In the course of the past week Lance Armstrong – cancer survivor and seven-times Tour de France winner – and Sir Jimmy Savile – knight of the realm, cherished children’s TV presenter and titan of philanthropy – have both had their legacies unceremoniously (literally, in Savile’s case) smashed to smithereens.
Of course, the value attributed to “good character” has been long understood in the world of celebrity. It’s far from a nebulous concept and the financial ramifications of a ravaged reputation are abundantly clear – just ask Tiger Woods, Chris Brown or Kerry Katona.
But private equity firms have been far slower to acknowledge the importance of public perception. Indeed, with the macroeconomy in meltdown and portfolio companies fighting to stay upright amid a pernicious regulatory clampdown and a leverage and fundraising drought, it’s not hard to see why the prying eyes of the media may have been dismissed by firms as an inevitable irritant.
But, as August Equity’s Funeral Services Partnership gets the TV exposé treatment after undertakers are secretly filmed singing offensive football chants to corpses, while 3i gets caught out when paedophiles are found to be using Habbo Hotel, a social networking site for teens, the true cost of bad publicity is becoming increasingly apparent.
Indeed, following the Southern Cross and Winterbourne View care home scandals, some investors have decided to steer clear of potential minefields such as health and childcare services altogether, yet the causes of controversy are not always so predictable. For example, Could Apax Partners have reasonably anticipated that a McKinsey-endorsed hike in the price of cottage cheese at Israeli portfolio company Tnuva would lead to a nationwide boycott?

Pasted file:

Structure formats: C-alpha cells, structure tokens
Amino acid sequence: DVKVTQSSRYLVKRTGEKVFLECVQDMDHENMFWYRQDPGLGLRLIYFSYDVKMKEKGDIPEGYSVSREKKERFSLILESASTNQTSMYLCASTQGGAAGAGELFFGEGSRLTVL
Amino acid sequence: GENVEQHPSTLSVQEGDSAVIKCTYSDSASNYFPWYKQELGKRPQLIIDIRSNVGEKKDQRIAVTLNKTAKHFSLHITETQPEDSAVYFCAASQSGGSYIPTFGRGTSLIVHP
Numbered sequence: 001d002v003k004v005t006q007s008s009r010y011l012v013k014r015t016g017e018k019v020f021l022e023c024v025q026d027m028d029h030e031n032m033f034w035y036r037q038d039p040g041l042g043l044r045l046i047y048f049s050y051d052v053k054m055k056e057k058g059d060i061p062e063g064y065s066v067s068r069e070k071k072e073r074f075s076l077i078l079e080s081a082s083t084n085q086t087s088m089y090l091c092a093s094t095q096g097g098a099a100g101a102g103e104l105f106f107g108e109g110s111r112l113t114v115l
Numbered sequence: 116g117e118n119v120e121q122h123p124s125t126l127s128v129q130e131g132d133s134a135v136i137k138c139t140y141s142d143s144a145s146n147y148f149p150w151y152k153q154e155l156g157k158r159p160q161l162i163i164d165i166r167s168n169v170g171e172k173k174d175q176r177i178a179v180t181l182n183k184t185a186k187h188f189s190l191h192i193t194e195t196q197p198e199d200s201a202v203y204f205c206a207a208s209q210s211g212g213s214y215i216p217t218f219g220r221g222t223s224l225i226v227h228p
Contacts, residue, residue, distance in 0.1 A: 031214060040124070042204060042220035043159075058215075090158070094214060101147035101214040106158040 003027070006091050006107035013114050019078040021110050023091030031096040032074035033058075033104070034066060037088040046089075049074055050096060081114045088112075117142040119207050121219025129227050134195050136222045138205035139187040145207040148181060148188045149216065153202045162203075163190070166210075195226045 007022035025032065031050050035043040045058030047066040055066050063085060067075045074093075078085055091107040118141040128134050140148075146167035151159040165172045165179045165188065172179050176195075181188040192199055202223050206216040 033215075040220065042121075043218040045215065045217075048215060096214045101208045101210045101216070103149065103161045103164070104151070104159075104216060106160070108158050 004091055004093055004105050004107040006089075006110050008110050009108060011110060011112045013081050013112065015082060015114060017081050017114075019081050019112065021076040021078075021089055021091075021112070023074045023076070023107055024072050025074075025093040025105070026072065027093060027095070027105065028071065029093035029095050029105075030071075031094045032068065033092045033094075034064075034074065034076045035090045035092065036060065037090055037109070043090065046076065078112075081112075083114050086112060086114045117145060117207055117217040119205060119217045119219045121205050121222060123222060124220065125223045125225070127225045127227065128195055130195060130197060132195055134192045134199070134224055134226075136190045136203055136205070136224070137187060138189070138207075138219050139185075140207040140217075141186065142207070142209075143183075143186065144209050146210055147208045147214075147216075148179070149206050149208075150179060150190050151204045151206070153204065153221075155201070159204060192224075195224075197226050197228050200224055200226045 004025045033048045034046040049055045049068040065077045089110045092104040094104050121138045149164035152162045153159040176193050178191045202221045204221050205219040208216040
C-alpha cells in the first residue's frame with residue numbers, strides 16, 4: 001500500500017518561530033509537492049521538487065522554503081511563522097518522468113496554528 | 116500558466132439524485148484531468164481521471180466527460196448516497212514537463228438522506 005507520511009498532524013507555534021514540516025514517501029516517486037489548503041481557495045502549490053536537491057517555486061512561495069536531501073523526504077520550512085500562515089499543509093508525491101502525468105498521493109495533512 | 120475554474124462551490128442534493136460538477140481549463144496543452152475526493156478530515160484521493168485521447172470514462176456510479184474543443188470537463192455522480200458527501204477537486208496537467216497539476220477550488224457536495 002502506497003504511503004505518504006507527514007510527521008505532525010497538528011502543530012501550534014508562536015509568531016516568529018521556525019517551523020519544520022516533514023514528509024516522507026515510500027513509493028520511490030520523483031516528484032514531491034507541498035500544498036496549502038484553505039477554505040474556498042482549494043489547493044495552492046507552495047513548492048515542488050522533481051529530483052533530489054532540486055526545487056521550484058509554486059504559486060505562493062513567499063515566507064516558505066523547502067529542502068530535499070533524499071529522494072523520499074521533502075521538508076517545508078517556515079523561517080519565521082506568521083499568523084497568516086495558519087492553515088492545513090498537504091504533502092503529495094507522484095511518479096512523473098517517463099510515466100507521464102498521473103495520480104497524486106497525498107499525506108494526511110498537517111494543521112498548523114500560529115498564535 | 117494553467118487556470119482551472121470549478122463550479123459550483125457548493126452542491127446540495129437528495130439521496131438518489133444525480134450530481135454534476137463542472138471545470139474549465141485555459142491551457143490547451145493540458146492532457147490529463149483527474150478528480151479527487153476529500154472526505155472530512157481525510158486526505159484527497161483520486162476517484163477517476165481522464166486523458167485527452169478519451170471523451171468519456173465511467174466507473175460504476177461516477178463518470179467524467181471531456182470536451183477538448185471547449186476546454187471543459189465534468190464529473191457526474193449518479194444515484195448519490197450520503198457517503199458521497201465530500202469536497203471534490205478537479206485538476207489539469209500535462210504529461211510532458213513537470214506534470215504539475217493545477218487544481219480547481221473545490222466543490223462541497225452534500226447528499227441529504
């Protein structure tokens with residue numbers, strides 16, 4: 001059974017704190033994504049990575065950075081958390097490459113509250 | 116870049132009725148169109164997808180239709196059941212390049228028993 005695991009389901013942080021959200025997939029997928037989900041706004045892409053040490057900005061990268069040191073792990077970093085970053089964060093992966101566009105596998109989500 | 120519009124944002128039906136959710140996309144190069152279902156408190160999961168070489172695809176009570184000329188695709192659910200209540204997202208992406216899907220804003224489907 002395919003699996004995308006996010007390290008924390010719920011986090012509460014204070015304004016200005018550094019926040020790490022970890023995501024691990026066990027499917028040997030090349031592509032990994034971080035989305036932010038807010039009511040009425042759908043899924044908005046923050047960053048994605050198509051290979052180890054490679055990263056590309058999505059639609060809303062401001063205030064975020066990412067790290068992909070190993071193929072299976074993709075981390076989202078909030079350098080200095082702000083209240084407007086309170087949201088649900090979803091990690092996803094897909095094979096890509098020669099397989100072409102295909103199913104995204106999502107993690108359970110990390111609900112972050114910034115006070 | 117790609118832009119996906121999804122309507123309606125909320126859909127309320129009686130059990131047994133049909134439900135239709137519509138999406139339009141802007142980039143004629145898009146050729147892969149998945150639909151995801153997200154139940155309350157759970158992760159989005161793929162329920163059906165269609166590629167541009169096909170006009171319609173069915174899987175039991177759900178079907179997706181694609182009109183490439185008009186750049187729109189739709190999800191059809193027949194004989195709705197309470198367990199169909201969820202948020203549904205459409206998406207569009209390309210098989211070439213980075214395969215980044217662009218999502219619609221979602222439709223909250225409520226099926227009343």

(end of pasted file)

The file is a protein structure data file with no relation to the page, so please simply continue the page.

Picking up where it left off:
And what of Atos Medical, whose role in trimming disability benefits in the UK led to much invective over the course of this summer’s Paralympic Games? No link appears to have been made to Nordic buyout owner EQT so far, but surely it is only a matter of time.
Of course, the financial upshot of a media offensive can range from costly PR bills to a drop in revenues, or the enactment of legislation that materially affects returns. But it’s in the field of fundraising that the true cost of scandal can really hit home.
Limited partners, chief among them pension funds, are acutely sensitive to the risk of reputational damage and have upped the ante on environmental and social governance issues ad infinitum.
A skeleton-free closet and a foolproof strategy for avoiding obloquy have become vital to a successful fundraising campaign. Indeed, with the very future of firms resting on a squeaky clean image, the threat of tabloid justice has become one of the defining forces shaping private equity today.
Let battle commence
Because nothing is more important right now, of course, than a firm’s ability to close a fund. To say that wooing limited partners is a matter of survival is no exaggeration.
With the total flow of capital into the asset class slowing – and, more crucially, investors taking tough decisions to pare down the number of general partner relationships in their portfolios – it’s clear that for every winner there will also be losers.
Indeed, as a glut of private equity managers hit the track, many of whom are largely indistinguishable from one another, LPs that may once have bet each way are now backing this race on the nose.
The result will be a series of battles between identikit buyout houses vying for the same pot of cash. The UK mid-market in particular is littered with me-too offerings, while in Spain, for example, N+1 must face up to both Mercapital and Portobello Capital at a time when LP money destined for the Med is in short supply.
In the next issue Real Deals will dissect these and other head-to-head contests, assessing the rivals’ strengths and weaknesses and weighing up which firms we believe will be victorious. Whether you’re a GP or an LP, this is one not to miss. Fundraising just got personal.